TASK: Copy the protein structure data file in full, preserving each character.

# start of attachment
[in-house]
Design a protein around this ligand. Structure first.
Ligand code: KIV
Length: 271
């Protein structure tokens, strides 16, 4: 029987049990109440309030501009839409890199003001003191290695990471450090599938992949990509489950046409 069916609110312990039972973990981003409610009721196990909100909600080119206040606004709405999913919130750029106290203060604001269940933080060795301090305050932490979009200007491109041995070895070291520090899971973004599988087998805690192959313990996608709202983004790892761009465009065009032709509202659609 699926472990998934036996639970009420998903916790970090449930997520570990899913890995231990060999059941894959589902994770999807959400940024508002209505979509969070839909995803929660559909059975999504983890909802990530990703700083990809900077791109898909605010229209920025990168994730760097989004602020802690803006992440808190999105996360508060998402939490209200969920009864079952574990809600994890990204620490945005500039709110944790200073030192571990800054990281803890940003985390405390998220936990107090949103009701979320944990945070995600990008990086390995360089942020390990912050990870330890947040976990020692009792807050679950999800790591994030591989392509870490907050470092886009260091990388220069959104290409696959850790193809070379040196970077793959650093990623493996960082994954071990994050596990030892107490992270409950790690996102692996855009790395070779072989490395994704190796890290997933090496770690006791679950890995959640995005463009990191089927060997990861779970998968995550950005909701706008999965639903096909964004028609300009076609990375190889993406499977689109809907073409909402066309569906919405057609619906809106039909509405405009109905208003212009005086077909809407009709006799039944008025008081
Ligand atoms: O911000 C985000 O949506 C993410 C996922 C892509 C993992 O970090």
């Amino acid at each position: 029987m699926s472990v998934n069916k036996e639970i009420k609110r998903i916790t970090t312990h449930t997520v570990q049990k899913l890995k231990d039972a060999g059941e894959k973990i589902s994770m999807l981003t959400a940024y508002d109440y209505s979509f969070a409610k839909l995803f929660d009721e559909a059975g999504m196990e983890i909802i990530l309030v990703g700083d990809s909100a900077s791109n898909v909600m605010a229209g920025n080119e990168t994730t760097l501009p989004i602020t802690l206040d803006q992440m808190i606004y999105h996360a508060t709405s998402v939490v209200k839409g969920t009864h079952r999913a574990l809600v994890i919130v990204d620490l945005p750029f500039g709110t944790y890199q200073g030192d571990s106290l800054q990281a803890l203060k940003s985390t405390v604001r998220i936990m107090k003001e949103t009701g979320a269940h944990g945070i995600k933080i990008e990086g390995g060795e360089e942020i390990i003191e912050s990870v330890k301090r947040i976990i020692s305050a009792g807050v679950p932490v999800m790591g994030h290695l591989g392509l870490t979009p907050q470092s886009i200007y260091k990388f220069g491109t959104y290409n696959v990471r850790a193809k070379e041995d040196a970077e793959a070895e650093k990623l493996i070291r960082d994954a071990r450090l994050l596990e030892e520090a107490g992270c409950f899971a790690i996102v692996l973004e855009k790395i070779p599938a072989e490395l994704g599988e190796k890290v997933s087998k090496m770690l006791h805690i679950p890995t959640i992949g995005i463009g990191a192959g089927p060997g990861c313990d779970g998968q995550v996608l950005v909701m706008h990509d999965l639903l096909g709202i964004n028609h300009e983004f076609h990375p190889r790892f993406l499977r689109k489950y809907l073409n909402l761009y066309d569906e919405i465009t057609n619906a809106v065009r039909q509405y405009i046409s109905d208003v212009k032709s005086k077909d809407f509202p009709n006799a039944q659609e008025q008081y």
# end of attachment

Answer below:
[in-house]
Design a protein around this ligand. Structure first.
Ligand code: KIV
Length: 271
């Protein structure tokens, strides 16, 4: 029987049990109440309030501009839409890199003001003191290695990471450090599938992949990509489950046409 069916609110312990039972973990981003409610009721196990909100909600080119206040606004709405999913919130750029106290203060604001269940933080060795301090305050932490979009200007491109041995070895070291520090899971973004599988087998805690192959313990996608709202983004790892761009465009065009032709509202659609 699926472990998934036996639970009420998903916790970090449930997520570990899913890995231990060999059941894959589902994770999807959400940024508002209505979509969070839909995803929660559909059975999504983890909802990530990703700083990809900077791109898909605010229209920025990168994730760097989004602020802690803006992440808190999105996360508060998402939490209200969920009864079952574990809600994890990204620490945005500039709110944790200073030192571990800054990281803890940003985390405390998220936990107090949103009701979320944990945070995600990008990086390995360089942020390990912050990870330890947040976990020692009792807050679950999800790591994030591989392509870490907050470092886009260091990388220069959104290409696959850790193809070379040196970077793959650093990623493996960082994954071990994050596990030892107490992270409950790690996102692996855009790395070779072989490395994704190796890290997933090496770690006791679950890995959640995005463009990191089927060997990861779970998968995550950005909701706008999965639903096909964004028609300009076609990375190889993406499977689109809907073409909402066309569906919405057609619906809106039909509405405009109905208003212009005086077909809407009709006799039944008025008081
Ligand atoms: O911000 C985000 O949506 C993410 C996922 C892509 C993992 O970090």
């Amino acid at each position: 029987m699926s472990v998934n069916k036996e639970i009420k609110r998903i916790t970090t312990h449930t997520v570990q049990k899913l890995k231990d039972a060999g059941e894959k973990i589902s994770m999807l981003t959400a940024y508002d109440y209505s979509f969070a409610k839909l995803f929660d009721e559909a059975g999504m196990e983890i909802i990530l309030v990703g700083d990809s909100a900077s791109n898909v909600m605010a229209g920025n080119e990168t994730t760097l501009p989004i602020t802690l206040d803006q992440m808190i606004y999105h996360a508060t709405s998402v939490v209200k839409g969920t009864h079952r999913a574990l809600v994890i919130v990204d620490l945005p750029f500039g709110t944790y890199q200073g030192d571990s106290l800054q990281a803890l203060k940003s985390t405390v604001r998220i936990m107090k003001e949103t009701g979320a269940h944990g945070i995600k933080i990008e990086g390995g060795e360089e942020i390990i003191e912050s990870v330890k301090r947040i976990i020692s305050a009792g807050v679950p932490v999800m790591g994030h290695l591989g392509l870490t979009p907050q470092s886009i200007y260091k990388f220069g491109t959104y290409n696959v990471r850790a193809k070379e041995d040196a970077e793959a070895e650093k990623l493996i070291r960082d994954a071990r450090l994050l596990e030892e520090a107490g992270c409950f899971a790690i996102v692996l973004e855009k790395i070779p599938a072989e490395l994704g599988e190796k890290v997933s087998k090496m770690l006791h805690i679950p890995t959640i992949g995005i463009g990191a192959g089927p060997g990861c313990d779970g998968q995550v996608l950005v909701m706008h990509d999965l639903l096909g709202i964004n028609h300009e983004f076609h990375p190889r790892f993406l499977r689109k489950y809907l073409n909402l761009y066309d569906e919405i465009t057609n619906a809106v065009r039909q509405y405009i046409s109905d208003v212009k032709s005086k077909d809407f509202p009709n006799a039944q659609e008025q008081y």